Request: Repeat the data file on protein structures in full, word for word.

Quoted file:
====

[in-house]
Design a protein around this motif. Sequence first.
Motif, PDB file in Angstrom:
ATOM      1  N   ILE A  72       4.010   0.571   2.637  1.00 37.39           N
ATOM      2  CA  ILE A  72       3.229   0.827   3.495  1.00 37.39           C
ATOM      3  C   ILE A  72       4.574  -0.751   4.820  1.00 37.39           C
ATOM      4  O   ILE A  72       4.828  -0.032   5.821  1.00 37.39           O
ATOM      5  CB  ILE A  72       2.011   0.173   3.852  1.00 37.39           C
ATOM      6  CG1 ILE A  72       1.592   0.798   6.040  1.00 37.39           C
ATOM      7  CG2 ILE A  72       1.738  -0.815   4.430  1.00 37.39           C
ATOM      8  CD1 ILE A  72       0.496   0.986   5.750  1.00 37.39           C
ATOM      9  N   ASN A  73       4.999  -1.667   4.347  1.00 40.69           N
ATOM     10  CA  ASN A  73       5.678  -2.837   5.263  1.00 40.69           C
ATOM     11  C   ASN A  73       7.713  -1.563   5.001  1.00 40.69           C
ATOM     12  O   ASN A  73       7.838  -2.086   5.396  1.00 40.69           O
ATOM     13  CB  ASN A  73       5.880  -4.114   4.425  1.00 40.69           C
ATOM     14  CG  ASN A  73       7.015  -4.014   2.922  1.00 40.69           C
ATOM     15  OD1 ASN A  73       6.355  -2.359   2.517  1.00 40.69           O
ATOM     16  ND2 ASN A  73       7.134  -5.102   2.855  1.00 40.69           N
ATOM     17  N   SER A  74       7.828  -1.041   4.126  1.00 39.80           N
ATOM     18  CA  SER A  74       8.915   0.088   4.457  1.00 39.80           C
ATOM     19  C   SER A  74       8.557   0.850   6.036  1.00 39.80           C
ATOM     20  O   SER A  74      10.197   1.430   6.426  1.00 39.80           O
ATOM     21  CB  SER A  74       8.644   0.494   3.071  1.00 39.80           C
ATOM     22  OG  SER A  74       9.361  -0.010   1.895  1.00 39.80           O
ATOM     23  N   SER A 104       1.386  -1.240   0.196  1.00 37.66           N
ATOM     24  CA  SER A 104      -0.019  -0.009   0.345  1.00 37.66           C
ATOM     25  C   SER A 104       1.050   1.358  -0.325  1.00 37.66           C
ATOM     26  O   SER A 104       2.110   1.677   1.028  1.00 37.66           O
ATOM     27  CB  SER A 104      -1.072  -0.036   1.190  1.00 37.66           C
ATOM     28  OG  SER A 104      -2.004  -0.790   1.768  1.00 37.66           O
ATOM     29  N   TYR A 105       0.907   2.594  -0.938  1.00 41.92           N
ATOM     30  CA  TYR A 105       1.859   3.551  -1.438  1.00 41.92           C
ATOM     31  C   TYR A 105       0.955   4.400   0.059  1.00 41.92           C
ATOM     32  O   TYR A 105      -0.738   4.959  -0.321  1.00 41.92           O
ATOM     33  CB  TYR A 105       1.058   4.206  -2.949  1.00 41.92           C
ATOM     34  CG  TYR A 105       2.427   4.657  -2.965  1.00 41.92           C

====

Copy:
[in-house]
Design a protein around this motif. Sequence first.
Motif, PDB file in Angstrom:
ATOM      1  N   ILE A  72       4.010   0.571   2.637  1.00 37.39           N
ATOM      2  CA  ILE A  72       3.229   0.827   3.495  1.00 37.39           C
ATOM      3  C   ILE A  72       4.574  -0.751   4.820  1.00 37.39           C
ATOM      4  O   ILE A  72       4.828  -0.032   5.821  1.00 37.39           O
ATOM      5  CB  ILE A  72       2.011   0.173   3.852  1.00 37.39           C
ATOM      6  CG1 ILE A  72       1.592   0.798   6.040  1.00 37.39           C
ATOM      7  CG2 ILE A  72       1.738  -0.815   4.430  1.00 37.39           C
ATOM      8  CD1 ILE A  72       0.496   0.986   5.750  1.00 37.39           C
ATOM      9  N   ASN A  73       4.999  -1.667   4.347  1.00 40.69           N
ATOM     10  CA  ASN A  73       5.678  -2.837   5.263  1.00 40.69           C
ATOM     11  C   ASN A  73       7.713  -1.563   5.001  1.00 40.69           C
ATOM     12  O   ASN A  73       7.838  -2.086   5.396  1.00 40.69           O
ATOM     13  CB  ASN A  73       5.880  -4.114   4.425  1.00 40.69           C
ATOM     14  CG  ASN A  73       7.015  -4.014   2.922  1.00 40.69           C
ATOM     15  OD1 ASN A  73       6.355  -2.359   2.517  1.00 40.69           O
ATOM     16  ND2 ASN A  73       7.134  -5.102   2.855  1.00 40.69           N
ATOM     17  N   SER A  74       7.828  -1.041   4.126  1.00 39.80           N
ATOM     18  CA  SER A  74       8.915   0.088   4.457  1.00 39.80           C
ATOM     19  C   SER A  74       8.557   0.850   6.036  1.00 39.80           C
ATOM     20  O   SER A  74      10.197   1.430   6.426  1.00 39.80           O
ATOM     21  CB  SER A  74       8.644   0.494   3.071  1.00 39.80           C
ATOM     22  OG  SER A  74       9.361  -0.010   1.895  1.00 39.80           O
ATOM     23  N   SER A 104       1.386  -1.240   0.196  1.00 37.66           N
ATOM     24  CA  SER A 104      -0.019  -0.009   0.345  1.00 37.66           C
ATOM     25  C   SER A 104       1.050   1.358  -0.325  1.00 37.66           C
ATOM     26  O   SER A 104       2.110   1.677   1.028  1.00 37.66           O
ATOM     27  CB  SER A 104      -1.072  -0.036   1.190  1.00 37.66           C
ATOM     28  OG  SER A 104      -2.004  -0.790   1.768  1.00 37.66           O
ATOM     29  N   TYR A 105       0.907   2.594  -0.938  1.00 41.92           N
ATOM     30  CA  TYR A 105       1.859   3.551  -1.438  1.00 41.92           C
ATOM     31  C   TYR A 105       0.955   4.400   0.059  1.00 41.92           C
ATOM     32  O   TYR A 105      -0.738   4.959  -0.321  1.00 41.92           O
ATOM     33  CB  TYR A 105       1.058   4.206  -2.949  1.00 41.92           C
ATOM     34  CG  TYR A 105       2.427   4.657  -2.965  1.00 41.92           C